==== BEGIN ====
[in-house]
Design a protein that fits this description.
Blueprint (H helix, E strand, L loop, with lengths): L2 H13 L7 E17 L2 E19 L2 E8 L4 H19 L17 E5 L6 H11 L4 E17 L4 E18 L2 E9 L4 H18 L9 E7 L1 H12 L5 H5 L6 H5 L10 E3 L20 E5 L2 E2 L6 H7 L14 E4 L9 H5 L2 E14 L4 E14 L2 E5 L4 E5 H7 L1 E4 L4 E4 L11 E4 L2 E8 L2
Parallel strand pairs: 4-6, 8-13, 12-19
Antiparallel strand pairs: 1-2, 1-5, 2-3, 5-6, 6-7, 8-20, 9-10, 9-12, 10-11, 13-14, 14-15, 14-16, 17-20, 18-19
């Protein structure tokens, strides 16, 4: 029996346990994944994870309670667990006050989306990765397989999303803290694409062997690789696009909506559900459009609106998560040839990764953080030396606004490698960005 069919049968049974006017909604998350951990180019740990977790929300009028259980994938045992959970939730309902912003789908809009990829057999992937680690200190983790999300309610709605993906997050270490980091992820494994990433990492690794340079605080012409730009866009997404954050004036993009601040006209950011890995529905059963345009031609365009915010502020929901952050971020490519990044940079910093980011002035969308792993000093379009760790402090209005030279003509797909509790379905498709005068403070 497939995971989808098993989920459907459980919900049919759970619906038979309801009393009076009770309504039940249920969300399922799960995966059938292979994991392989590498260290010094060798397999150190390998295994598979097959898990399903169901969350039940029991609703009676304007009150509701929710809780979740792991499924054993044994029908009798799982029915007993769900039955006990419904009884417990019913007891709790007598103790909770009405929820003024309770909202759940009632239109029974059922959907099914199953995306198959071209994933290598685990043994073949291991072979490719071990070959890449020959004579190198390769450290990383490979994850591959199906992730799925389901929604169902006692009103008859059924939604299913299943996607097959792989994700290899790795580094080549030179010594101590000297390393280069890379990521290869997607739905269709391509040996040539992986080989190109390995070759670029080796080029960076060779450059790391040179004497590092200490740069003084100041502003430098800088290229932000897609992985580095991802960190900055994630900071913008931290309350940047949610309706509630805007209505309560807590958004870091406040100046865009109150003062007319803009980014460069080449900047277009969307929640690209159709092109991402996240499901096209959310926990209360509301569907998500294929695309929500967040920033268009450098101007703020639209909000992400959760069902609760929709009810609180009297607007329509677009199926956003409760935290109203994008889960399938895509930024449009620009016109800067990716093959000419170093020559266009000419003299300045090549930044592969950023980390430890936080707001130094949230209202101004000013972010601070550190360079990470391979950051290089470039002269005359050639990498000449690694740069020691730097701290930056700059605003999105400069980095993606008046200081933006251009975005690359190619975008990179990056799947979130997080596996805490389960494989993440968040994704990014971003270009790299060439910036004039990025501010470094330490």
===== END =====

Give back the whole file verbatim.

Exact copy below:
[in-house]
Design a protein that fits this description.
Blueprint (H helix, E strand, L loop, with lengths): L2 H13 L7 E17 L2 E19 L2 E8 L4 H19 L17 E5 L6 H11 L4 E17 L4 E18 L2 E9 L4 H18 L9 E7 L1 H12 L5 H5 L6 H5 L10 E3 L20 E5 L2 E2 L6 H7 L14 E4 L9 H5 L2 E14 L4 E14 L2 E5 L4 E5 H7 L1 E4 L4 E4 L11 E4 L2 E8 L2
Parallel strand pairs: 4-6, 8-13, 12-19
Antiparallel strand pairs: 1-2, 1-5, 2-3, 5-6, 6-7, 8-20, 9-10, 9-12, 10-11, 13-14, 14-15, 14-16, 17-20, 18-19
């Protein structure tokens, strides 16, 4: 029996346990994944994870309670667990006050989306990765397989999303803290694409062997690789696009909506559900459009609106998560040839990764953080030396606004490698960005 069919049968049974006017909604998350951990180019740990977790929300009028259980994938045992959970939730309902912003789908809009990829057999992937680690200190983790999300309610709605993906997050270490980091992820494994990433990492690794340079605080012409730009866009997404954050004036993009601040006209950011890995529905059963345009031609365009915010502020929901952050971020490519990044940079910093980011002035969308792993000093379009760790402090209005030279003509797909509790379905498709005068403070 497939995971989808098993989920459907459980919900049919759970619906038979309801009393009076009770309504039940249920969300399922799960995966059938292979994991392989590498260290010094060798397999150190390998295994598979097959898990399903169901969350039940029991609703009676304007009150509701929710809780979740792991499924054993044994029908009798799982029915007993769900039955006990419904009884417990019913007891709790007598103790909770009405929820003024309770909202759940009632239109029974059922959907099914199953995306198959071209994933290598685990043994073949291991072979490719071990070959890449020959004579190198390769450290990383490979994850591959199906992730799925389901929604169902006692009103008859059924939604299913299943996607097959792989994700290899790795580094080549030179010594101590000297390393280069890379990521290869997607739905269709391509040996040539992986080989190109390995070759670029080796080029960076060779450059790391040179004497590092200490740069003084100041502003430098800088290229932000897609992985580095991802960190900055994630900071913008931290309350940047949610309706509630805007209505309560807590958004870091406040100046865009109150003062007319803009980014460069080449900047277009969307929640690209159709092109991402996240499901096209959310926990209360509301569907998500294929695309929500967040920033268009450098101007703020639209909000992400959760069902609760929709009810609180009297607007329509677009199926956003409760935290109203994008889960399938895509930024449009620009016109800067990716093959000419170093020559266009000419003299300045090549930044592969950023980390430890936080707001130094949230209202101004000013972010601070550190360079990470391979950051290089470039002269005359050639990498000449690694740069020691730097701290930056700059605003999105400069980095993606008046200081933006251009975005690359190619975008990179990056799947979130997080596996805490389960494989993440968040994704990014971003270009790299060439910036004039990025501010470094330490």